Rating

Death: The High Cost of Living, by Neil Gaimon, Chris Bachalo, Mark Buckingham, and Dave McKean (1994)

In this Sandman spin-off, one day per century Death descends to convene with the living in the form of an upbeat goth girl, and this time she’s befriended Sexton Furnival, a suicidal sixteen-year-old in need of perspective.  Their adventures are easily resolved, but the real magic lies in Gaimon’s dialogue and in the Death-Sexton mismatch, which takes place before a decaying urban backdrop alongside a colorful cast of side characters.  As a bonus, the collection comes with a ‘90s-era sex-safe comic outlining the importance of condom use as protection from AIDS, a PSA time-capsule fitting of the Philadelphia era.

Rating

Damned, by Chuck Palahniuk (2011)

Damned is Chuck Palahniuk’s What-If? take on Hell told through the eyes of cynical rich girl Madison Spencer (“Are you there, Satan?  It’s me, Madison”) and her Breakfast Club-inspired gang.  Though there’s very little in terms of plot, Palahniuk instead takes us through encounters with pagan demons, Hell’s geographic oddities (The Great Plains of Discarded Razor Blades, etc.), its candy-fueled economy, its telemarketing industry, and its bizarre damnation rules (honking your car horn more than 500 times lands you in Hell, no exceptions).  Its whims are entertaining, but incredibly scattered, with an unsatisfying ending hindered by mediocre twists.

Rating

As I Knew Him: My Dad, Rod Sterling, by Anne Sterling (2013)

Anne Sterling’s memoir/biography of her father, Twilight Zone host, creator, and writer Rod Sterling, does twofold duty: on the one hand, Anne shows her father the writer, social activist, and continual innovator, while on the other she shows his decidedly human, funny, fatherly side through anecdotes and the many jokes they shared.  While I found myself most interested in Sterling’s early struggles to earn money for his writing and wrest creative control from the TV censors (and wish there was more to this section), Anne’s difficulties after her father’s untimely death also form a solid, more personal story arc.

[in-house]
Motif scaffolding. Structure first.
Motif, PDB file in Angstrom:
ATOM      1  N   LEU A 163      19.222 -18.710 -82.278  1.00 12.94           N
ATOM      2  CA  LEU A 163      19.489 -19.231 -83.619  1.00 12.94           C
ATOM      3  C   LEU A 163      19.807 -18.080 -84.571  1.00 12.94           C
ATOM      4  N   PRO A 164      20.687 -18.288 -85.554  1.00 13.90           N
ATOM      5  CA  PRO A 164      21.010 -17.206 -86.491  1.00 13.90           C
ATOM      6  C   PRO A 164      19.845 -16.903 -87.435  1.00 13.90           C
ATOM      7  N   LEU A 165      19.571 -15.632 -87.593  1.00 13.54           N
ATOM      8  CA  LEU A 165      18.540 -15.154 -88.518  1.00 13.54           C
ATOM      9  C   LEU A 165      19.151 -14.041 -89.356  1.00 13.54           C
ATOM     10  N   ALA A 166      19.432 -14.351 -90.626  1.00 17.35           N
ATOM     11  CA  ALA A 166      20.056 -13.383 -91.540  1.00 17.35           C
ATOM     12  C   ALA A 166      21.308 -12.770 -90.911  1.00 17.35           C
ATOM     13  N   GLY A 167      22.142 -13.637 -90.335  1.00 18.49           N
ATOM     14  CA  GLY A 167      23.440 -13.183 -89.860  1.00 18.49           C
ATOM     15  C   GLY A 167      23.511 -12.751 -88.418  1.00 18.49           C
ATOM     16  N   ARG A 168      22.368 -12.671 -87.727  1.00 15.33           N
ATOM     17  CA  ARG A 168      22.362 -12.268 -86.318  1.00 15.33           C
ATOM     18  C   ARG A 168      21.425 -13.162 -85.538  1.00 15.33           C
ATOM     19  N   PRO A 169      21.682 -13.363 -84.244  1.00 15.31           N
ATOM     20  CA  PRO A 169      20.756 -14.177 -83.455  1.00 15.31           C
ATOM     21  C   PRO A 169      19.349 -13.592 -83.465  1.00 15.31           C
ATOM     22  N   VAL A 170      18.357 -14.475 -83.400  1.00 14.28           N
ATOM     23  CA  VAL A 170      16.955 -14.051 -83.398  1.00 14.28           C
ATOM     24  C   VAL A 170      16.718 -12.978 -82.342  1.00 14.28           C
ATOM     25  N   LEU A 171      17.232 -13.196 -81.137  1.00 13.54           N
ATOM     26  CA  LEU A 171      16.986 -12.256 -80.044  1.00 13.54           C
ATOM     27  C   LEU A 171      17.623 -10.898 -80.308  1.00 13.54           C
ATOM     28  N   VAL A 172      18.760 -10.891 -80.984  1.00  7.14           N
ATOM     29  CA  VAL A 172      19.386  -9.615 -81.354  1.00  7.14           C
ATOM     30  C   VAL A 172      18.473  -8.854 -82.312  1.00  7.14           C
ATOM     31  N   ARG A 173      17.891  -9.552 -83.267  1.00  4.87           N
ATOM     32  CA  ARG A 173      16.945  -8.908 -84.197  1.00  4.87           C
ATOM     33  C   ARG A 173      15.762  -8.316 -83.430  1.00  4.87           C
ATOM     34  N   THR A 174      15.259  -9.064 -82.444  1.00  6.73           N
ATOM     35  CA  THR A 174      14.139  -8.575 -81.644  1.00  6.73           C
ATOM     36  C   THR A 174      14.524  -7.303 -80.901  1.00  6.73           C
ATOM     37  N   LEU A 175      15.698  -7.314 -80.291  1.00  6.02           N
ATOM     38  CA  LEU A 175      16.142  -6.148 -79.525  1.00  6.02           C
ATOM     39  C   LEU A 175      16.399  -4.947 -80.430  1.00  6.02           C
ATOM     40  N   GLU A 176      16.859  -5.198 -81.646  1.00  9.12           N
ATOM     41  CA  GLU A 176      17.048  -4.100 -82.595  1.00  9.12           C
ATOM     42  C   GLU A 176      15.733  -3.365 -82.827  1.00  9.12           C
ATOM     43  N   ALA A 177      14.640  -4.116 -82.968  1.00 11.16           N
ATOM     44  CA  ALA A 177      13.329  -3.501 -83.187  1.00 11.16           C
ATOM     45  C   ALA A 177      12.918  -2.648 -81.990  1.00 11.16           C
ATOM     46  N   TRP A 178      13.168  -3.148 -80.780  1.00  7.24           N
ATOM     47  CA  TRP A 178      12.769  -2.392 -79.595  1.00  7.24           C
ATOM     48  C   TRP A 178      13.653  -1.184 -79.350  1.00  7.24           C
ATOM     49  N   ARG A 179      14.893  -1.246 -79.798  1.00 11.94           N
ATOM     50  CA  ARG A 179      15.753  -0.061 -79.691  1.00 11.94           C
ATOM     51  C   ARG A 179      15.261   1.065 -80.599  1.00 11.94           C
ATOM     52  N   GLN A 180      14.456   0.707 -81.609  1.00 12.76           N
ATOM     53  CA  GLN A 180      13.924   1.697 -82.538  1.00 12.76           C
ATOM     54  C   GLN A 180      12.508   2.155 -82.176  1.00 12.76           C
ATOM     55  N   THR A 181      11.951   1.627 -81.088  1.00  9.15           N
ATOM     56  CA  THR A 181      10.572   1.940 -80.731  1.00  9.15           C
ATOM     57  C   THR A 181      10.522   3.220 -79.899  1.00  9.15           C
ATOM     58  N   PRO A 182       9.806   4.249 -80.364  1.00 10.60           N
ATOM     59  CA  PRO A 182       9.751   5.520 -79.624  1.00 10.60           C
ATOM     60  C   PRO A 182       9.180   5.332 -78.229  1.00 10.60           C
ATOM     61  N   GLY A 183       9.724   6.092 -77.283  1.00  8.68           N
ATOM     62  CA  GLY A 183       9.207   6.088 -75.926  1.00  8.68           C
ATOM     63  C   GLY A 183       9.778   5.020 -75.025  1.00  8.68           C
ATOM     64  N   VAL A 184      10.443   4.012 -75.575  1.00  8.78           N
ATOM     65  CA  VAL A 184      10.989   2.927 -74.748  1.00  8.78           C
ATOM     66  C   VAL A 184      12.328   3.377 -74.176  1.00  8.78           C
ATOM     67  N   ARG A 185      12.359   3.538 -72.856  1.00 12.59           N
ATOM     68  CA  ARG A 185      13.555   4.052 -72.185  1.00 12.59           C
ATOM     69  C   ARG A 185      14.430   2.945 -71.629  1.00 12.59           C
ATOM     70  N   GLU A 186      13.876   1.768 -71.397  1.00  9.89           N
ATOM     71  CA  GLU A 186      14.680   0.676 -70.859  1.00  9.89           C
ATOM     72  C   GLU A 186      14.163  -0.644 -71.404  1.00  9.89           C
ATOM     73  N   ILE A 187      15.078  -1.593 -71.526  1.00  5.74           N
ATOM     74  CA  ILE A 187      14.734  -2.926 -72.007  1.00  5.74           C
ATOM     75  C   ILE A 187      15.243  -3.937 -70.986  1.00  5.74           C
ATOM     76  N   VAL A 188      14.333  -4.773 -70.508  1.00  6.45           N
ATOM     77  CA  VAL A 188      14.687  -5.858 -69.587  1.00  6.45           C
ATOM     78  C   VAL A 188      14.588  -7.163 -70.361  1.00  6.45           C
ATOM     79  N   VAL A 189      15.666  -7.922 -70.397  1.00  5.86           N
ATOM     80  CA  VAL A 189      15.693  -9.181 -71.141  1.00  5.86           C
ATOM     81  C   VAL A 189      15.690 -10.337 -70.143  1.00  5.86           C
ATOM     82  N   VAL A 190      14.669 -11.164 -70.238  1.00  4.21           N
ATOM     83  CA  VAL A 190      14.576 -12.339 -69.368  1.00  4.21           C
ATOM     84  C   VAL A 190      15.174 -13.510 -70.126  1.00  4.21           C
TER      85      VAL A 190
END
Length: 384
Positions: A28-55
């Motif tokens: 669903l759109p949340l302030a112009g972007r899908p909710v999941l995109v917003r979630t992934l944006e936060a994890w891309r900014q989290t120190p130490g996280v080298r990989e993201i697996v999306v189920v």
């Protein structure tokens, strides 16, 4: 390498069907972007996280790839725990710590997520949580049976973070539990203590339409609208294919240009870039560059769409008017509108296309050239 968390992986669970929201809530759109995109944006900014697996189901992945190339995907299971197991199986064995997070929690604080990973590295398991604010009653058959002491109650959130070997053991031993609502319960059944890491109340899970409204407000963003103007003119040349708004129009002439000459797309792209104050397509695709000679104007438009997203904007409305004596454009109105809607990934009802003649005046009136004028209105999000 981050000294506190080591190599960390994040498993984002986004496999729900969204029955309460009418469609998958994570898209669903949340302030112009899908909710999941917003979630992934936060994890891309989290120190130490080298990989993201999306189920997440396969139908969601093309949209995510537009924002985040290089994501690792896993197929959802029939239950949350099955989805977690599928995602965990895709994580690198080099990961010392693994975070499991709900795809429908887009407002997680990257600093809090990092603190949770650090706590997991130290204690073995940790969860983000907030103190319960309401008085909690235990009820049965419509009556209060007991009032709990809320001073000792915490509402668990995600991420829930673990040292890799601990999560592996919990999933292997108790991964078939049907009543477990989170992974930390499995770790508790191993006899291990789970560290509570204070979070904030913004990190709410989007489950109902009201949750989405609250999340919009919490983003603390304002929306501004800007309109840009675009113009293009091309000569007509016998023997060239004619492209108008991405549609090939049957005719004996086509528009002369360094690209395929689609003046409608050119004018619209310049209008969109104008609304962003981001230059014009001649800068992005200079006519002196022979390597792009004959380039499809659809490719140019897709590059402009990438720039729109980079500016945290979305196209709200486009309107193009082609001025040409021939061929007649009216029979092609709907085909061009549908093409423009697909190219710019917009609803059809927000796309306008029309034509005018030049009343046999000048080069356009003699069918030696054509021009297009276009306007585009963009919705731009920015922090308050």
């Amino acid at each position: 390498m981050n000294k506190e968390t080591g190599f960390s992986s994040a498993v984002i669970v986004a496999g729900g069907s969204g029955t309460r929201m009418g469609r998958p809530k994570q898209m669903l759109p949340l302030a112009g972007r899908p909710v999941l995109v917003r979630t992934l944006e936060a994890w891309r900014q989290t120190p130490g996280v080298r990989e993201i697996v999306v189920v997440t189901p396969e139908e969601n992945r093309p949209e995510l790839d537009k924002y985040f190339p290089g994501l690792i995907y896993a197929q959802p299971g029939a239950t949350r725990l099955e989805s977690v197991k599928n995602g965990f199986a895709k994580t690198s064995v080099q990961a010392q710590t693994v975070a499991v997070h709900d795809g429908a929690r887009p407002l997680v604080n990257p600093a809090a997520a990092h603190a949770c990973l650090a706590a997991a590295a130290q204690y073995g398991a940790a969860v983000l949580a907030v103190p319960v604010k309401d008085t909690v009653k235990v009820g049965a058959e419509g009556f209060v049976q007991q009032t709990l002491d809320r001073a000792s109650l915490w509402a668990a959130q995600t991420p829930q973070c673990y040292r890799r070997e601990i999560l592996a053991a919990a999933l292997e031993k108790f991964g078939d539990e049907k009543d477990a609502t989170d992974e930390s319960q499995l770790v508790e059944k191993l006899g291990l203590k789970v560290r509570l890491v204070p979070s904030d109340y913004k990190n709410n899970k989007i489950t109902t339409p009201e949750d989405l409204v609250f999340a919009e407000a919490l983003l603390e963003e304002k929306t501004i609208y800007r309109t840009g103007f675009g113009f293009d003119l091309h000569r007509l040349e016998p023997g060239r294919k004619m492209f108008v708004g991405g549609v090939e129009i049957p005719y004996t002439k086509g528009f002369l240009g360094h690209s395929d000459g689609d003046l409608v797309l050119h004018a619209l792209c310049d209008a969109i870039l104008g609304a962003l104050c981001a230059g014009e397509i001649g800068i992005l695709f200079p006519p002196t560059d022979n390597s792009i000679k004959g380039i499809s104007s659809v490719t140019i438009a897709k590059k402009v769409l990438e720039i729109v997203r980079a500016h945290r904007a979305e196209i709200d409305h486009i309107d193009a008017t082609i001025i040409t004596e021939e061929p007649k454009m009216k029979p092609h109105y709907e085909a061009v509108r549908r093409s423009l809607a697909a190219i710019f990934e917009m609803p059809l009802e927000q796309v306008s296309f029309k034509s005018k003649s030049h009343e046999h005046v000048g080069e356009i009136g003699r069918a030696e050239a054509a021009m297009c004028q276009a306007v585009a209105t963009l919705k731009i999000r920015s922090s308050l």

Rating

The Flowers of Evil (Vol. 1-11), by Shuzo Oshimi (2012-2014)

Kasuga, a shy middle-schooler obsessed with Baudelaire, impulsively steals his crush’s gym clothes only to be spotted by the class outcast and labeled a pervert, but is he really a pervert, or just looking to form a normal relationship?  Powerful stories never fail to make you care about their characters, and Oshimi pulls this off incredibly—his explorations of courtship, friendship, surviving adolescence, and fitting in capture his characters at their most vulnerable.  The series’ driving question is whether Kasuga will cave in to the adult world like a shitbug or find his own path—whatever that might mean.

Rating

Stiff Upper Lip, Jeeves, by P.G. Wodehouse (1963)

No one understood social class like the 20th century British writers, and P.G. Wodehouse’s fiction feels more insightful than ever in the post-Occupy age.  Wodehouse wrote some 45 novels and stories about inept young millionaire Bertie Wooster, who’s constantly being bailed out of trouble by his astute butler Jeeves.  This book’s simple (albeit labyrinthine) plot consists mostly of comical misunderstandings, cowardly dives behind sofas, and threats that poor Bertie might actually have to get married, told through Wodehouse’s laugh-out-loud funny prose.  As such, the novel can be forgiven for its hackneyed setups, since the end result is pure fun.

Rating

The Big Book of Porn, by Seth Grahame-Smith (2005)

This coffee table book would have worked a lot better had it focused solely on a detailed guide to classic ‘70s and early ‘80s porn, since that section is filled with history, insights into the industry, and a ton of cool ‘70s movie posters.  The rest of the book, though, is eye-rollingly uneven, alternating between genuinely enlightening info and some seriously lame jokes.  The lowlight of these extras is an overly detailed discussion of fetish porn, while the highlight is a hilarious list of porn title spoofs (Genital Hospital, Hump Up the Volume, etc.) that had me in stitches.

Rating